1. ## Area of polar

Find area of region that lies inside $r = 2+ \sin \theta$ and outside $r = 3 \sin \theta$.

When I set $2+ \sin \theta = 3 \sin \theta$ I get $\theta = \frac{\pi}{2}$.

How do I get the other bound?

2. Originally Posted by shilz222
Find area of region that lies inside $r = 2+ \sin \theta$ and outside $r = 3 \sin \theta$.

When I set $2+ \sin \theta = 3 \sin \theta$ I get $\theta = \frac{\pi}{2}$.

How do I get the other bound?
they only intersect at that one point. the second curve is completely contained in the first, so just find the area under the first curve and subtract the area under the second, that is for $0 \le \theta \le 2 \pi$

3. I got $-1$. is this correct?

4. Originally Posted by shilz222
I got $-1$. is this correct?
no, it's a negative answer, how could it be the area? remember the formula to calculate areas in polar coordinates. $A = \frac {1}{2} \int_{\alpha}^{\beta}r^2~d \theta$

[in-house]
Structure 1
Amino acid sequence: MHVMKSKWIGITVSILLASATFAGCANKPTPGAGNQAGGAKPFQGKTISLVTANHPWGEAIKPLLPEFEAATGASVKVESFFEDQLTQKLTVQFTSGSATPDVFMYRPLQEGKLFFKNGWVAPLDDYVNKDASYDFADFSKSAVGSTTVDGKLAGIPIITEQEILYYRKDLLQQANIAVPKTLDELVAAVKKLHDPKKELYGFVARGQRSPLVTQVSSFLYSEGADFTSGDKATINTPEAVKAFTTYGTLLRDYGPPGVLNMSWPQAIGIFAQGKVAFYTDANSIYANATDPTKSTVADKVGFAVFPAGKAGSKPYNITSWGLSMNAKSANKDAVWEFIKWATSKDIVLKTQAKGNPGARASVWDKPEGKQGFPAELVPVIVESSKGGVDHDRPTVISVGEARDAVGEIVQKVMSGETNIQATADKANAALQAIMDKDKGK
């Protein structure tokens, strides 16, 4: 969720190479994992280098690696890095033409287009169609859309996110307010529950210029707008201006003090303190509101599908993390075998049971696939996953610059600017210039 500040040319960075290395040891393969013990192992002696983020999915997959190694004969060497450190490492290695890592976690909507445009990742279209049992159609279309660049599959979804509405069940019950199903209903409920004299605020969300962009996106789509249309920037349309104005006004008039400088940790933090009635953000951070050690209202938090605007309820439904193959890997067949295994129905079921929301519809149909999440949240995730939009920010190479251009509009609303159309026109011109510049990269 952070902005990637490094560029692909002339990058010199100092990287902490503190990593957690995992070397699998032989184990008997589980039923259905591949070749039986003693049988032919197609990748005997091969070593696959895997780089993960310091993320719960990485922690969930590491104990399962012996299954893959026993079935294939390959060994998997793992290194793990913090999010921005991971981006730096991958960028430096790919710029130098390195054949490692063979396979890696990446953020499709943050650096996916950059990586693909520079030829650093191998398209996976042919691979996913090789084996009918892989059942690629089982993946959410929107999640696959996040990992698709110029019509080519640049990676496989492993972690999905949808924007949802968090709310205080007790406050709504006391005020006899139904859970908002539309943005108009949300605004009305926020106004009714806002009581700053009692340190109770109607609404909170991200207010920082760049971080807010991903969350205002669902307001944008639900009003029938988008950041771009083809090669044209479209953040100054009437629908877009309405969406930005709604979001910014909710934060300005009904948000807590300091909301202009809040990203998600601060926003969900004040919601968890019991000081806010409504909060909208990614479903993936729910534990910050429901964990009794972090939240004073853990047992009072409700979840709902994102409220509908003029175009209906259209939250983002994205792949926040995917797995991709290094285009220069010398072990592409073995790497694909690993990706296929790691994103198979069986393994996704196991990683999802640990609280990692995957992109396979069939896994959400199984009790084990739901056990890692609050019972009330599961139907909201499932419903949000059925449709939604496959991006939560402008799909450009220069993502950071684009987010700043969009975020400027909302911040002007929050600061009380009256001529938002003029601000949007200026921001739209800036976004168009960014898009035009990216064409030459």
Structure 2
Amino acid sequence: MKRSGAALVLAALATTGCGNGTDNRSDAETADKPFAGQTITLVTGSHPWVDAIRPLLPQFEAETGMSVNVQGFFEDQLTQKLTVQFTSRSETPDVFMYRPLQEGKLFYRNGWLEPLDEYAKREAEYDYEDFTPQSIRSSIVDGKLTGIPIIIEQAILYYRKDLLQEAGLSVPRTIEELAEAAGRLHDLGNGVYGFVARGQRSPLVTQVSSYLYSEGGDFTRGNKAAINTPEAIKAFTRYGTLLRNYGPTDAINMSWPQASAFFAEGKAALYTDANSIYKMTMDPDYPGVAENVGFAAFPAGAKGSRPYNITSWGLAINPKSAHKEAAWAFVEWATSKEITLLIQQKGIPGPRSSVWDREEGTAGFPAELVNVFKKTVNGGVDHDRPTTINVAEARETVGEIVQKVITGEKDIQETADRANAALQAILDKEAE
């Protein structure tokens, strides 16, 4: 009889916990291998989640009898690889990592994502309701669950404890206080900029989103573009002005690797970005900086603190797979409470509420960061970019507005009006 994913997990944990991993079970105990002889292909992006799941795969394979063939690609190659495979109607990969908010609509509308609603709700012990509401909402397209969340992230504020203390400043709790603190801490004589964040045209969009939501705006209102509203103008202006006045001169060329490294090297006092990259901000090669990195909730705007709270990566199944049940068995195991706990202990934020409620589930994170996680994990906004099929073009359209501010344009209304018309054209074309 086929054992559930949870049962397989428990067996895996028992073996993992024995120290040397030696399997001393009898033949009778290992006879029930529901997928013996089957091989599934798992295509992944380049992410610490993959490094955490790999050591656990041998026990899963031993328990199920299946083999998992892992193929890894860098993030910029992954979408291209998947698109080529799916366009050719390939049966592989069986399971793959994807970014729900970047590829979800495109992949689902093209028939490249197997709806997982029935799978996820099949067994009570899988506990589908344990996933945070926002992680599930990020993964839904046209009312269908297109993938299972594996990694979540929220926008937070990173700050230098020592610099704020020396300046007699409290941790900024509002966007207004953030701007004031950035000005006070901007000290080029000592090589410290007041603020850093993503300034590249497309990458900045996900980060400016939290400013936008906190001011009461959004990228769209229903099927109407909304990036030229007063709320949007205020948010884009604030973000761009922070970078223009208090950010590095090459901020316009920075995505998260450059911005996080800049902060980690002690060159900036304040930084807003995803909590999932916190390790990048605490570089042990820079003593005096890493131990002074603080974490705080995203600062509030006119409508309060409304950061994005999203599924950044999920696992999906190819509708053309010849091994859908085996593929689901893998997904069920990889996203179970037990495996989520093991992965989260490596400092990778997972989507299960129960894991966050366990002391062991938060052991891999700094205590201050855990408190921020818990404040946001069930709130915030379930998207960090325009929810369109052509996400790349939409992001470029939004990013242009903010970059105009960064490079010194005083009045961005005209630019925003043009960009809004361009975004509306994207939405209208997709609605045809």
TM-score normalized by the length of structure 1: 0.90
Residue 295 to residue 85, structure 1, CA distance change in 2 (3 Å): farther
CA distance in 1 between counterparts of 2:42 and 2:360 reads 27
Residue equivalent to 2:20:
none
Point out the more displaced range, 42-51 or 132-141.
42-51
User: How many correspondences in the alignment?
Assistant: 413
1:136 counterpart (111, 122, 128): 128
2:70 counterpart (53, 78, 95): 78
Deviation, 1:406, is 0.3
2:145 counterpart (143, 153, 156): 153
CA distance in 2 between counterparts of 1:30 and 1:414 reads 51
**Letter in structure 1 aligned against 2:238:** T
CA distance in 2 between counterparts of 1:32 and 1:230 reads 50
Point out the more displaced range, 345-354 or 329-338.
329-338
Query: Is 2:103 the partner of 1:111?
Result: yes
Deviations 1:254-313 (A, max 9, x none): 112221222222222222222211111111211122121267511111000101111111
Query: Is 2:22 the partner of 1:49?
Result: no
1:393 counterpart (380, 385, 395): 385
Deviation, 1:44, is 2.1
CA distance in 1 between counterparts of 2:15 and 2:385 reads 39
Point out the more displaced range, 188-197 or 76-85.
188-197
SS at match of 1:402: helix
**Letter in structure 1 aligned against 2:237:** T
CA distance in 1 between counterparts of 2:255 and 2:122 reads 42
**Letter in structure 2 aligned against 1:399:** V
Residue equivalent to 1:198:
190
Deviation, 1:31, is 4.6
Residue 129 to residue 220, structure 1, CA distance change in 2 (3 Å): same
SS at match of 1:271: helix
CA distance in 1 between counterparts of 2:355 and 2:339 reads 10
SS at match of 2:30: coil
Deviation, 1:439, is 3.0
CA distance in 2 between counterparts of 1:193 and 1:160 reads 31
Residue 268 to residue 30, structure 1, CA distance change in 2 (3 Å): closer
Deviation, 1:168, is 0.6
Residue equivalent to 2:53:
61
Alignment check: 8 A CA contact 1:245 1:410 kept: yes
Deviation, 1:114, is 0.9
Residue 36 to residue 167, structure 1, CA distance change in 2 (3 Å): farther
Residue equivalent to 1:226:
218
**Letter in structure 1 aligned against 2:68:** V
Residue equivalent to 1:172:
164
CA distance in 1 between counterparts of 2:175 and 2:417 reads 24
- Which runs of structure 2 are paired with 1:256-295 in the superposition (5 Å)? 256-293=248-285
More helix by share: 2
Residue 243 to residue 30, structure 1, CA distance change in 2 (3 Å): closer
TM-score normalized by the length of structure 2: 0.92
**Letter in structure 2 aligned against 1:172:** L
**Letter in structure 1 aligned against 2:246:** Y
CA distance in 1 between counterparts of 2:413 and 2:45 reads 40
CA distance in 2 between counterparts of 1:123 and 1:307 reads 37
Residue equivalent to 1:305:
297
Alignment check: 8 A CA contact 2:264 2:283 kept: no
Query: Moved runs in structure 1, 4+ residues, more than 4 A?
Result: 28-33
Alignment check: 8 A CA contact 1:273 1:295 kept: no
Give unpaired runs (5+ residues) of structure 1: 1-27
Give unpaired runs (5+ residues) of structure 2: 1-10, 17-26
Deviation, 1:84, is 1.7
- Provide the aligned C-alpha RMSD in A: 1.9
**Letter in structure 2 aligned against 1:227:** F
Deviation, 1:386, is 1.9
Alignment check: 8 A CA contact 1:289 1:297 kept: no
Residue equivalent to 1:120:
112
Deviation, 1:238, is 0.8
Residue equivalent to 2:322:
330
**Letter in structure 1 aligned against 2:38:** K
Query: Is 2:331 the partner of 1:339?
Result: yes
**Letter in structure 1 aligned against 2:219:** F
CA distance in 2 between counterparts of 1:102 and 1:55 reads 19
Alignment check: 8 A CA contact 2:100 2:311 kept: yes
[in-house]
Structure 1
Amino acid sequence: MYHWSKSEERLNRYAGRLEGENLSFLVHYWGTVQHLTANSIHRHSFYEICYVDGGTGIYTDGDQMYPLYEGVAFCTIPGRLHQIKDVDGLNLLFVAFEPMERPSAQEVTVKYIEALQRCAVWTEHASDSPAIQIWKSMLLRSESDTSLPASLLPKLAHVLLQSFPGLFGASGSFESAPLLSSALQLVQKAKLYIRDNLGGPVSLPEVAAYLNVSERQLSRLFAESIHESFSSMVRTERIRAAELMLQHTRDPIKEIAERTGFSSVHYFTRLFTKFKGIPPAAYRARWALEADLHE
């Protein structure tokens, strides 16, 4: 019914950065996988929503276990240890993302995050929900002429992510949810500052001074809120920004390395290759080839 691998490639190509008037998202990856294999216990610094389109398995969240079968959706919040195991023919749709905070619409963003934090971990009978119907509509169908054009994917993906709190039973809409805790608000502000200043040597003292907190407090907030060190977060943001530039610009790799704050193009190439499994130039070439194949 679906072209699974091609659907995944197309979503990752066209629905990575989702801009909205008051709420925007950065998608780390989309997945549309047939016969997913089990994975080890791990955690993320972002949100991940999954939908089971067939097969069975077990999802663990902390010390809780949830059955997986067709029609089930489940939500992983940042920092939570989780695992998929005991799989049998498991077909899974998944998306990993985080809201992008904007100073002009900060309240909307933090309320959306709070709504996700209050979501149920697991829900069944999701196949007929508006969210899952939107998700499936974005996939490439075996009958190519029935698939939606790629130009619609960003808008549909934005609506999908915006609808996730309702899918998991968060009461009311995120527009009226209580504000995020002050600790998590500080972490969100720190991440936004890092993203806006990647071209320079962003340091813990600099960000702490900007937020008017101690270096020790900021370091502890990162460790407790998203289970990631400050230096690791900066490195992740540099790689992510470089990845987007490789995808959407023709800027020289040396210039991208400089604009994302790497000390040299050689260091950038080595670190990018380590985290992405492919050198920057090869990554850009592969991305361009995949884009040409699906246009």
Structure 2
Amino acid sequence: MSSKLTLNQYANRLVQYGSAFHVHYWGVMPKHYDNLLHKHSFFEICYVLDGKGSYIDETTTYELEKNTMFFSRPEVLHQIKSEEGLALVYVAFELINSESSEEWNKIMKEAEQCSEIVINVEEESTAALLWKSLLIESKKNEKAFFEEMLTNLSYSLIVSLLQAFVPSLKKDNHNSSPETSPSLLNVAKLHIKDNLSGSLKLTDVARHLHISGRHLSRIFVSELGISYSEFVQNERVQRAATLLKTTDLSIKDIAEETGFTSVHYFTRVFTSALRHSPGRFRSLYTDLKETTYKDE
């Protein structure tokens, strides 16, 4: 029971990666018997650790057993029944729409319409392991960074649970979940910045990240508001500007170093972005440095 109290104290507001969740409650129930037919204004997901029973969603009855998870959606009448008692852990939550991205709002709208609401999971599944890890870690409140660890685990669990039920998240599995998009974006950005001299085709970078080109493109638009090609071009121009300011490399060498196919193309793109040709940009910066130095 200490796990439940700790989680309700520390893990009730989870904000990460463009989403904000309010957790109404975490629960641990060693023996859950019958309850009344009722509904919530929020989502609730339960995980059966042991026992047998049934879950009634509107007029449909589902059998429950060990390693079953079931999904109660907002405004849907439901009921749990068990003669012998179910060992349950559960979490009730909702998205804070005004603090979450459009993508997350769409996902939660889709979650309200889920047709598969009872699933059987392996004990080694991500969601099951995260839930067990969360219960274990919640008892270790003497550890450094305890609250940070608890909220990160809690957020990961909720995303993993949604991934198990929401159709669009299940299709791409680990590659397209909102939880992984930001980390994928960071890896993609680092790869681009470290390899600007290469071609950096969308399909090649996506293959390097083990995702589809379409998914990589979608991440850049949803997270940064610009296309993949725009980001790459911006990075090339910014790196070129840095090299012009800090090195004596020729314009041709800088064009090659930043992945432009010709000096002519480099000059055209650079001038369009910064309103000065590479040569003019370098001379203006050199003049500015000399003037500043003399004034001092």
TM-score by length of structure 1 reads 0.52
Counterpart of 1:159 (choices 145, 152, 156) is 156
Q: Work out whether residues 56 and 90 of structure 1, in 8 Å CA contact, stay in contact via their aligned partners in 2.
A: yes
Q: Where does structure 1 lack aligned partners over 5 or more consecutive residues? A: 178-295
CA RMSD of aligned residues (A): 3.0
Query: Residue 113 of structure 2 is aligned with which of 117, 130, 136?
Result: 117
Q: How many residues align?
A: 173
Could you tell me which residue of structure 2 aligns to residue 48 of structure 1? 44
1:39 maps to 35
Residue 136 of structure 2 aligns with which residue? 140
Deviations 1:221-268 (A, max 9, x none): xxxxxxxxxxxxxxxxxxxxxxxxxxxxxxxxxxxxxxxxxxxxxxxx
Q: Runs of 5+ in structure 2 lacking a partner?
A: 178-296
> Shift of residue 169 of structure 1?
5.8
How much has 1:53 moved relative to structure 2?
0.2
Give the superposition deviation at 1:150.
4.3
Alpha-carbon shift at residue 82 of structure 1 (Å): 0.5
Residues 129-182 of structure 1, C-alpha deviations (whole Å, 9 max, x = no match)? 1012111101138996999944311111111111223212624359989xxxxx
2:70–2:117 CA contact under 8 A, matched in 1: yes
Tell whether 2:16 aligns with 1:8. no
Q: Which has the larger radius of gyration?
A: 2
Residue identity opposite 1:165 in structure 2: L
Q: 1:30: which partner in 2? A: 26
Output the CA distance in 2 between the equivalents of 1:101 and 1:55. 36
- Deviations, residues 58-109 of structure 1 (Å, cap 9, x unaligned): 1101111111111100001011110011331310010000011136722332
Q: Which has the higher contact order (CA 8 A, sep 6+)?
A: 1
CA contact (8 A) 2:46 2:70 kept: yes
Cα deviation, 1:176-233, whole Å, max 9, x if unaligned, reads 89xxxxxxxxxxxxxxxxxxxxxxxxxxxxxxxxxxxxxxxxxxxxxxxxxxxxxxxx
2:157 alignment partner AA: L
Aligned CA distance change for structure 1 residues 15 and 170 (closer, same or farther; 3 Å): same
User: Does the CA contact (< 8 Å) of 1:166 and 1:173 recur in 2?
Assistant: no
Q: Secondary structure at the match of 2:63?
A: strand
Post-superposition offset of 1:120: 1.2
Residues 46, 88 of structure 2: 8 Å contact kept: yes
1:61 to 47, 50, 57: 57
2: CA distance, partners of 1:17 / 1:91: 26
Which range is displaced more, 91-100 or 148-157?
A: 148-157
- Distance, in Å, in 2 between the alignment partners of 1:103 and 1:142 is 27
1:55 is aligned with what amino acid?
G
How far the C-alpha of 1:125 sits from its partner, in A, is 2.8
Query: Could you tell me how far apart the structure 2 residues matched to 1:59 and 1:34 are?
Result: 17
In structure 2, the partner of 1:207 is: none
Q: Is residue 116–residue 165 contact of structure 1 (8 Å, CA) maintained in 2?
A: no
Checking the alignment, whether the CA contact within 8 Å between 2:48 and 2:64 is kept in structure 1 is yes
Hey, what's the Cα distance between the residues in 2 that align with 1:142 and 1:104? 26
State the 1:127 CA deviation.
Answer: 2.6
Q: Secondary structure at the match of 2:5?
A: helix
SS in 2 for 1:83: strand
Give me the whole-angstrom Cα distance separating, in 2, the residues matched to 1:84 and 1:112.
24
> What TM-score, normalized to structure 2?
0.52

the area is given by: $\frac {1}{2} \int_{0}^{2 \pi} (2 + \sin \theta )^2 ~d \theta - \frac {1}{2} \int_{0}^{\pi} (3 \sin \theta )^2~d \theta$

5. thats what I did, and I got -1.

6. Originally Posted by shilz222
thats what I did, and I got -1.
well you made a mistake somewhere, you should get $\frac {9 \pi}{4}$. show your solution let me see where you went wrong

also note that the second integral is that of a circle with center (0, 3/2) and radius 3/2. you could find the area the old fashioned way of $A = \pi r^2$, where r is the radius, not the polar function

7. wait why is the second one from 0 to pi?

8. Originally Posted by shilz222
wait why is the second one from 0 to pi?
did you graph the curves? you would have noticed that the second curve retraces itself from $\pi$ to $2 \pi$, so finding the limits for $0 \le \theta \le 2 \pi$ will find the area twice. you still shouldn't have ended up with -1 though. were that the case, you would have ended up with 0

9. oh ok. Thats what i did wrong

thanks

,

,

,

### r=2 sin(theta) r= 3 sin (theta)

Click on a term to search for related topics.